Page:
My sincere apologies for not posting sooner: I was traveling internationally with my husband and 3 small children and having one of those experiences requiring several stiff drinks to forget…ask me some other time if you’re really bored and want to laugh hysterically at someone else’s pain.
On to the real subject at hand – I attended the Army COE press conference on Thursday, July 31st. Here’s my summary and my thoughts (hence the “summatorial”):
Diane McCartin, the Army COE project officer, Lt. Col John Whitford, the CT Army National Guard Public Affairs Officer (POA), and Pedro Wasmer, one of the Boardman Lane property owners, spoke with the media for just over half an hour. The expressed purpose of the conference was to get factual information out to the media, and to get misinformation “under control.”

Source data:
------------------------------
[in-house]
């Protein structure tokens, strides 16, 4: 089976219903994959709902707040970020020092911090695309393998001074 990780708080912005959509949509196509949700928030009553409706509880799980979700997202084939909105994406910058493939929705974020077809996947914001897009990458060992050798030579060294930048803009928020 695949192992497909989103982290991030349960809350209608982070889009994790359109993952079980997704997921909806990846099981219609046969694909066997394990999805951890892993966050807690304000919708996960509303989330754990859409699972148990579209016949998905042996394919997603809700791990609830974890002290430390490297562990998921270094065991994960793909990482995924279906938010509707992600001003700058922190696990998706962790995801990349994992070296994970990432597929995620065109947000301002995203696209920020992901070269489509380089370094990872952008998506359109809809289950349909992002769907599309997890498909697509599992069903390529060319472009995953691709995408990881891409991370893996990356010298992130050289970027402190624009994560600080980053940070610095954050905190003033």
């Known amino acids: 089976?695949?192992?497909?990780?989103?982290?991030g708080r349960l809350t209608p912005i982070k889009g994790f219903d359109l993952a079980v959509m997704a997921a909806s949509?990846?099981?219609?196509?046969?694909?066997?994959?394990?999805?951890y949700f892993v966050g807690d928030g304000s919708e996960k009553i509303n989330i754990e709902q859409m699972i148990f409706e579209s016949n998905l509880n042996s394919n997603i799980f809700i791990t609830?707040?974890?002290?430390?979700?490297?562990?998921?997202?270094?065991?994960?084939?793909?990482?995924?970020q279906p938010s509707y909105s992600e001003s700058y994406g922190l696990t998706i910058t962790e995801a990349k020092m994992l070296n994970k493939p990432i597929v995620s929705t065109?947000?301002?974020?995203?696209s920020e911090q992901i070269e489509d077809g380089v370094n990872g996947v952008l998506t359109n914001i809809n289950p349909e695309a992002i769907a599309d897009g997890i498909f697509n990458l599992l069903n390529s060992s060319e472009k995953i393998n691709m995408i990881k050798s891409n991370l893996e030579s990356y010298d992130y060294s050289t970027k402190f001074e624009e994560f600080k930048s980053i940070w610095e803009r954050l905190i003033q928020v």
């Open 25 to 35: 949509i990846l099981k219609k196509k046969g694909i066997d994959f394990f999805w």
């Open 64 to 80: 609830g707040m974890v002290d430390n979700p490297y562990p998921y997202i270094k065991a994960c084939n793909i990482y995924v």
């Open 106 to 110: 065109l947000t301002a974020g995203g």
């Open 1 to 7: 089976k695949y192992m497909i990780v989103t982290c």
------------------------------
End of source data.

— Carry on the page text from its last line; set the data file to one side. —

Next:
Diane McCartin spoke first, listing the reasons why Boardman Lane is the Army’s preferred site. In all fairness to the Corps of Engineers, it should be pointed out that calling Boardman Lane the “preferred site” means that the site isn’t final yet, as an Environmental Assessment (EA) is required before the COE can decide whether the site is suitable to build on. By the way, an EA is a process similar to the inspection you go through when you’re trying to buy a house. There are two possible outcomes: a Finding of No Significant Impact (FONSI), meaning there are no problems with the property and the purchase can go forward, or, there’s enough issues identified that a formal Environmental Impact Statement (EIS) is required.
So why does the Army COE like Boardman Lane? Diane’s explanation was very simple:
- The property is “embedded in an industrial zone”
- There’s a willing seller